When I was watching Skyfall recently (in London, of all places, where the film was preceded by mountains of commercials and trailers that put in even Australian cinemas to shame, including a little promotional for Skyfall itself), an idea set in my mind, an idea I just couldn’t shake.
In my review, I mentioned that one of the more disappointing aspects of the film was the disproportionate build up we had to the main villain – we gather that he’s an extremely dangerous, intelligent, powerful villain who know MI6 inside and out and has a personal grudge against M. Yet with all of that, we never heard his name, nor caught even the barest glimpse of him – not even a gloved hand stroking a white cat – before Bond finally meets him. It was the sort of build up you give to a character when you are wanting to pull a shocking reveal. But in this case there was no real reveal. When we finally meet Raoul Silva, he’s just a guy, and we need a fair amount of exposition to establish that yes, he really is that dangerous, that much of a threat.
Prior to his on-screen debut, as I listened to all the build up about our villain, I couldn’t help but to get this notion in my head: an idea that I knew could not possibly be true, but that I began to hope more and more was. It felt like the film was perfectly setting up a notion that I knew would have been almost impossible in a Hollywood film. And as this idea took root in my imagination, I began to feel increasingly desperate for it to come to pass. In fact, I have to admit that this whole process may have contributed to my eventual disappointment over the Raoul Silva reveal.
What was this idea? That the villain of Skyfall would turn out to be none other than…James Bond. That is, James Bond, as portrayed by Pierce Brosnan.
You see, for years there’s been a fan theory out there that the different actors playing James Bond over the years have actually been playing different characters who have all used the same code name. Presumably, when one of them was killed in action, they’d be replaced by another agent, trained to do the same job. Now, this theory never really held up, for various reason – eg it’d be a bit of a coincidence that George Lazenby, Roger Moore and Timothy Dalton had all lost their wives, and you’d also have to accept the idea that “Felix Leiter” and “Miss Moneypenny” must also be code names.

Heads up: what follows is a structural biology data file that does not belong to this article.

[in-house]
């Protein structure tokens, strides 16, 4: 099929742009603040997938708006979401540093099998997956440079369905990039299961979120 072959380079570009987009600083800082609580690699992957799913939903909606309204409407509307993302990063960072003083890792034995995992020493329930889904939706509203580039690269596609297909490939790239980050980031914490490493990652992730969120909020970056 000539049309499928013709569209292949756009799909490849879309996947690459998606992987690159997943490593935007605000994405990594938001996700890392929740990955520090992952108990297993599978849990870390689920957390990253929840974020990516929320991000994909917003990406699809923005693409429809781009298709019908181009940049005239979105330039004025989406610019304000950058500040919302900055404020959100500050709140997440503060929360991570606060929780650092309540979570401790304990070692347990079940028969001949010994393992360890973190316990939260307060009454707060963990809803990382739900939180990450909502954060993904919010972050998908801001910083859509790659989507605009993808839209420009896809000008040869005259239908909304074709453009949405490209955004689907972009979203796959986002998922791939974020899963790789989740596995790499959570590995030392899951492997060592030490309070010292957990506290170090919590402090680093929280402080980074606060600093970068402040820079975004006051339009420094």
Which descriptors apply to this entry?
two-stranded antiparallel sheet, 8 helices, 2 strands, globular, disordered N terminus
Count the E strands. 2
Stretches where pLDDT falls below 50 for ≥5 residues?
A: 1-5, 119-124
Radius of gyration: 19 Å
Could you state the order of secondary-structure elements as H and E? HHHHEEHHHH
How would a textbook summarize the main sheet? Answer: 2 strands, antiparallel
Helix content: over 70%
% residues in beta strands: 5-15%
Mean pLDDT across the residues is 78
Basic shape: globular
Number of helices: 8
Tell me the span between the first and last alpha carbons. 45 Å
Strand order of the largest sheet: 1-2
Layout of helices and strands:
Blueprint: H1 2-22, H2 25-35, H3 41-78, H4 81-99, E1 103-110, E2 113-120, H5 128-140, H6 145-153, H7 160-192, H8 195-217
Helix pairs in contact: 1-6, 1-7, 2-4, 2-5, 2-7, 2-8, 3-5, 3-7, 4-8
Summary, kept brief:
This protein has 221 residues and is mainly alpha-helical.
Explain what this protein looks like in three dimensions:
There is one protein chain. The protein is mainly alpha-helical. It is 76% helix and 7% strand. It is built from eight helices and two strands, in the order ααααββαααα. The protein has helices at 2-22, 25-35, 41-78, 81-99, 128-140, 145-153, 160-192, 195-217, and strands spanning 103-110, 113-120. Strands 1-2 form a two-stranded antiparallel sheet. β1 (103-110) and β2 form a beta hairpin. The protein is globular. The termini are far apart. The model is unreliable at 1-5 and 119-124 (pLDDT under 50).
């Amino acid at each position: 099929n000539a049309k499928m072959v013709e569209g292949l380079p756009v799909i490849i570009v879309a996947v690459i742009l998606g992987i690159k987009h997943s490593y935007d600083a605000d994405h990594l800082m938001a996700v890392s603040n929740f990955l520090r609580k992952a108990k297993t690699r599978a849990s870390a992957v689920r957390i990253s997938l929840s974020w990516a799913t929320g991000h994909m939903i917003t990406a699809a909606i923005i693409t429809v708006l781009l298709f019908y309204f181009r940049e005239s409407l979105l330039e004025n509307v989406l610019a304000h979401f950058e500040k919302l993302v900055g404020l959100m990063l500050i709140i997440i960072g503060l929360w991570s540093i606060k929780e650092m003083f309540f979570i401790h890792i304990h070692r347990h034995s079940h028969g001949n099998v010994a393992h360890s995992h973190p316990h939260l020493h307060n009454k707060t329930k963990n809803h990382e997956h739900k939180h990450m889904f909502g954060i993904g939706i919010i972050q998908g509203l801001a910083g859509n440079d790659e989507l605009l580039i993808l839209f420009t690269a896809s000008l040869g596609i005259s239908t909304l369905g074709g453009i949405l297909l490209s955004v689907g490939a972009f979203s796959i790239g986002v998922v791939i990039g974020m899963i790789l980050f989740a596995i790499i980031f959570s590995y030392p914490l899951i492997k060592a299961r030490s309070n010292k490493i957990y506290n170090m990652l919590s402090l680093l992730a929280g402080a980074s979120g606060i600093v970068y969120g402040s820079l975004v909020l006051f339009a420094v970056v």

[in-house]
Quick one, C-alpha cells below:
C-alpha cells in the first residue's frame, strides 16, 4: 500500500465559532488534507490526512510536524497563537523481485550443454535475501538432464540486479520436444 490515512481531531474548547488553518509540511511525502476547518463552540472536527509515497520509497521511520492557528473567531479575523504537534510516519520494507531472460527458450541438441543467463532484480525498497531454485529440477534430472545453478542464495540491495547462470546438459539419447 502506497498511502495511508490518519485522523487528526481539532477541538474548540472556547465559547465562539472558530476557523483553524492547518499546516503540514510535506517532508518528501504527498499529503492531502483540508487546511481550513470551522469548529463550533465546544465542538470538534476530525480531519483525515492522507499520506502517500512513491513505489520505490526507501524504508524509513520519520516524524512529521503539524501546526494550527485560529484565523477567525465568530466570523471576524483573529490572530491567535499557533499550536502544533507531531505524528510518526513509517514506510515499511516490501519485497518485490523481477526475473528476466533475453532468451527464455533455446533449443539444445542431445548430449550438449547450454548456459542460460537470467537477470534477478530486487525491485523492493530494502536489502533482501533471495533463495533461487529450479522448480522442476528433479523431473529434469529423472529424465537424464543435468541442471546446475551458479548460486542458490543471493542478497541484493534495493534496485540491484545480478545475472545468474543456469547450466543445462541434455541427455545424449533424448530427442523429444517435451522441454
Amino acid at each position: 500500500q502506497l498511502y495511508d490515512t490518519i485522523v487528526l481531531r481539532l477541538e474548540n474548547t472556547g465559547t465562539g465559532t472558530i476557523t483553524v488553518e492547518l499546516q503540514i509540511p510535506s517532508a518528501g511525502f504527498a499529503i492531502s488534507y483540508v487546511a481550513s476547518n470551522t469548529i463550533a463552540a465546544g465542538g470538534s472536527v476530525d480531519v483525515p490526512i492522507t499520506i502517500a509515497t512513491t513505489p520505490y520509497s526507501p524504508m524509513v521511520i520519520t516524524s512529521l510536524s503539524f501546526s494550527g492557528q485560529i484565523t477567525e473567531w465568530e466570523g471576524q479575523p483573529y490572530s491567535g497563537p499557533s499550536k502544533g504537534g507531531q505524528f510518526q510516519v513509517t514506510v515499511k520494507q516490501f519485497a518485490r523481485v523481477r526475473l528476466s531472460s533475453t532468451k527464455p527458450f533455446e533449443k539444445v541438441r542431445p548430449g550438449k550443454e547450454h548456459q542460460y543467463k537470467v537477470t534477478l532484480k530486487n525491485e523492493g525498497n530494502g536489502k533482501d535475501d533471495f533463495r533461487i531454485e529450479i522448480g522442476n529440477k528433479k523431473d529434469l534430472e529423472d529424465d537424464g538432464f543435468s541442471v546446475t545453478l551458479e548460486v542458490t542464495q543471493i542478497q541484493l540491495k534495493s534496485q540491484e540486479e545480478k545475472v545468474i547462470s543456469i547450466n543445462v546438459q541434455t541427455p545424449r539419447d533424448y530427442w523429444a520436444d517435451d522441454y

But at the same time, the theory had traction, simply because it was equally challenging to accept that all the James Bond movies were meant to be one continuous narrative. The movies were just made over too long a period of time, with too many changes to the world, technology, etc. for that to be plausible. Trying to accept Casino Royale as a prequel just added to the dilemma – Judi Dench’s M is new to the job in Pierce Brosnan’s debut film, GoldenEye, but she is a veteran at it when Daniel Craig’s Bond goes on his first mission. (And wasn’t there one where Bond and Blofeld failed to recognize each other, in spite having met previously, just because they were played by different actors? Or was that a plastic surgery thing?) In any case, on the basis of the on-screen evidence itself, pre-Skyfall, you could buy the theory if you were so inclined.
I’ve never been a particular fan of the idea, as it just seemed to complicate things, but as I watched Skyfall, I thought if they were ever going to go this direction, this would be the perfect moment. Brosnan’s Bond would be revealed as the hateful agent who had been betrayed by Dench’s M, had become twisted from bitterness and was now out for revenge. The villain’s motivation would be largely what we saw in the film, except that the angst and weight of it would be amped up to the nth degree. The “code name” theory would be confirmed, and the inconsistencies mentioned above would be lightly glossed over (because let’s face it, it’d only take about 30 seconds for even me to come up with a fan-fiction explanation for why Roger Moore was visiting George Lazenby’s wife’s grave in For Yours Eyes Only).
I’m not saying it would have made a better movie, and it would have been a sort of death to the franchise, but man, it would have been an awesome viewing experience.
In the end, we got a much more “normal” film, including a flat contradiction to the theory, as well as the promise that the James Bond franchise continues beyond its 50th anniversary. This all seems to confirm the general consensus that Casino Royale isn’t a prequel, but a reboot, and that the retention of Judi Dench in the M role is what it was in real life – the rehiring of a talented and popular actress into a role that she was already recognized for.
But actually, we also got something a bit weirder, when you look at it.
As I mentioned in my review, the ending of the film purposely brings us to a point that is meant to resemble the state of affairs back in the first Bond movie, Dr. No. M is now a crusty older man with a slightly antagonistic but more formal relationship with Bond, Miss Moneypenny is his assistant with a never-satisfied flirtatious relationship with Bond, and Bond himself is a professional agent / killer who is comfortable with himself and his job. So it feels like we’re about to head into the Sean Connery films and therefore the rest of the series. But this is obviously after the modernized Bond we’ve had in the three Daniel Craig films. So the 23 Bond films have become a bit of an odd möbius strip that if you try to follow as a continual storyline, will eventually fold back around on itself, with Judi Dench being M both at the beginning and the end of the series, in spite of her (err SPOILERS, by the way) dying.
So anyway, to summarize: Pierce Brosnan as the villain in Skyfall, playing the same character that he did in GoldenEye, et al. I know, that’s just crazy talk. I wouldn’t really want this to have happened – but I would enjoy paying a short visit to the alternate universe in which it had.